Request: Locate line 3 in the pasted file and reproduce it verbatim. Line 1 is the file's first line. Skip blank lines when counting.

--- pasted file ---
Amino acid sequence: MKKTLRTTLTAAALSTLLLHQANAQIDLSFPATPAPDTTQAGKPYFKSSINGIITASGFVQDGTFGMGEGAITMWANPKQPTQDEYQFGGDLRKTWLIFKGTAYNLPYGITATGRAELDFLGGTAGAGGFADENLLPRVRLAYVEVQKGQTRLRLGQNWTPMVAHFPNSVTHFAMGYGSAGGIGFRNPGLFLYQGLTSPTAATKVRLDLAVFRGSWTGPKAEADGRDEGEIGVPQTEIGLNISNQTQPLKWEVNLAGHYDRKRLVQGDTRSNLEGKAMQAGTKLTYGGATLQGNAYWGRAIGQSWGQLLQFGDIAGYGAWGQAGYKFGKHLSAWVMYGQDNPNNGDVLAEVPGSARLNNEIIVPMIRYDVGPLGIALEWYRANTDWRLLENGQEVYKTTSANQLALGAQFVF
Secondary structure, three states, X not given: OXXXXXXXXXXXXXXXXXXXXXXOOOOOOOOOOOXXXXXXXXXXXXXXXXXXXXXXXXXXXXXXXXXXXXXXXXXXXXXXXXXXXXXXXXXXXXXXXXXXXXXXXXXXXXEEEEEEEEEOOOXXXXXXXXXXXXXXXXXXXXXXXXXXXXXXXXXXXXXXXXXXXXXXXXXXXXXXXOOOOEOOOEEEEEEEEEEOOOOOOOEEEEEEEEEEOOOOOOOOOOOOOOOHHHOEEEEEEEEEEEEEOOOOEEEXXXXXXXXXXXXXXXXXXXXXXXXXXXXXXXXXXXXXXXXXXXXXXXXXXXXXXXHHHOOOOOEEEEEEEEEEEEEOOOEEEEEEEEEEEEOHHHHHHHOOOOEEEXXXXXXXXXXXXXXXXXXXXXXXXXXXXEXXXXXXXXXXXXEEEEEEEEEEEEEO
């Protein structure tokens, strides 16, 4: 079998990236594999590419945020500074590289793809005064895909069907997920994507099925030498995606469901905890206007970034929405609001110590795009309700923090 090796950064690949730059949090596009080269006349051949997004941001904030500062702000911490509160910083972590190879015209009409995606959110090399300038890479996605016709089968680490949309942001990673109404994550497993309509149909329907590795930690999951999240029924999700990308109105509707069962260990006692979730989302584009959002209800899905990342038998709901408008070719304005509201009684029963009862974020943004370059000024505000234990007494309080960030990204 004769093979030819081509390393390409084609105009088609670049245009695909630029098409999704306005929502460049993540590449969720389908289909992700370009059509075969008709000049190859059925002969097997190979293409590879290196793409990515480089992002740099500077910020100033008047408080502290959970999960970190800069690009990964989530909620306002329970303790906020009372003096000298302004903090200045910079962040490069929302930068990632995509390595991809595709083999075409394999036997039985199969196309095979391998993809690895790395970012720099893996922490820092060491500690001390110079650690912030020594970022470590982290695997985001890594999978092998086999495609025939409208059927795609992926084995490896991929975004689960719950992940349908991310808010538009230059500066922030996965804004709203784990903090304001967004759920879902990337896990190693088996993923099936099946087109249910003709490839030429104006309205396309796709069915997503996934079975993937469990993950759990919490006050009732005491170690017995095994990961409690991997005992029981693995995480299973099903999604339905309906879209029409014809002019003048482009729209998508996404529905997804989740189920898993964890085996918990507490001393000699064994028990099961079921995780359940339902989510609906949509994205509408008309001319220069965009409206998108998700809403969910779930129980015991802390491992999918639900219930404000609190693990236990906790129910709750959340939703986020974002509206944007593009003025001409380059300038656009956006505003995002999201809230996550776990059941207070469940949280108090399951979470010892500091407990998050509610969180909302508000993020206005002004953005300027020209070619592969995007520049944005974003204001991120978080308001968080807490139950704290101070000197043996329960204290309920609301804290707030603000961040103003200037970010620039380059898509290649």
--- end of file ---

């Protein structure tokens, strides 16, 4: 079998990236594999590419945020500074590289793809005064895909069907997920994507099925030498995606469901905890206007970034929405609001110590795009309700923090 090796950064690949730059949090596009080269006349051949997004941001904030500062702000911490509160910083972590190879015209009409995606959110090399300038890479996605016709089968680490949309942001990673109404994550497993309509149909329907590795930690999951999240029924999700990308109105509707069962260990006692979730989302584009959002209800899905990342038998709901408008070719304005509201009684029963009862974020943004370059000024505000234990007494309080960030990204 004769093979030819081509390393390409084609105009088609670049245009695909630029098409999704306005929502460049993540590449969720389908289909992700370009059509075969008709000049190859059925002969097997190979293409590879290196793409990515480089992002740099500077910020100033008047408080502290959970999960970190800069690009990964989530909620306002329970303790906020009372003096000298302004903090200045910079962040490069929302930068990632995509390595991809595709083999075409394999036997039985199969196309095979391998993809690895790395970012720099893996922490820092060491500690001390110079650690912030020594970022470590982290695997985001890594999978092998086999495609025939409208059927795609992926084995490896991929975004689960719950992940349908991310808010538009230059500066922030996965804004709203784990903090304001967004759920879902990337896990190693088996993923099936099946087109249910003709490839030429104006309205396309796709069915997503996934079975993937469990993950759990919490006050009732005491170690017995095994990961409690991997005992029981693995995480299973099903999604339905309906879209029409014809002019003048482009729209998508996404529905997804989740189920898993964890085996918990507490001393000699064994028990099961079921995780359940339902989510609906949509994205509408008309001319220069965009409206998108998700809403969910779930129980015991802390491992999918639900219930404000609190693990236990906790129910709750959340939703986020974002509206944007593009003025001409380059300038656009956006505003995002999201809230996550776990059941207070469940949280108090399951979470010892500091407990998050509610969180909302508000993020206005002004953005300027020209070619592969995007520049944005974003204001991120978080308001968080807490139950704290101070000197043996329960204290309920609301804290707030603000961040103003200037970010620039380059898509290649």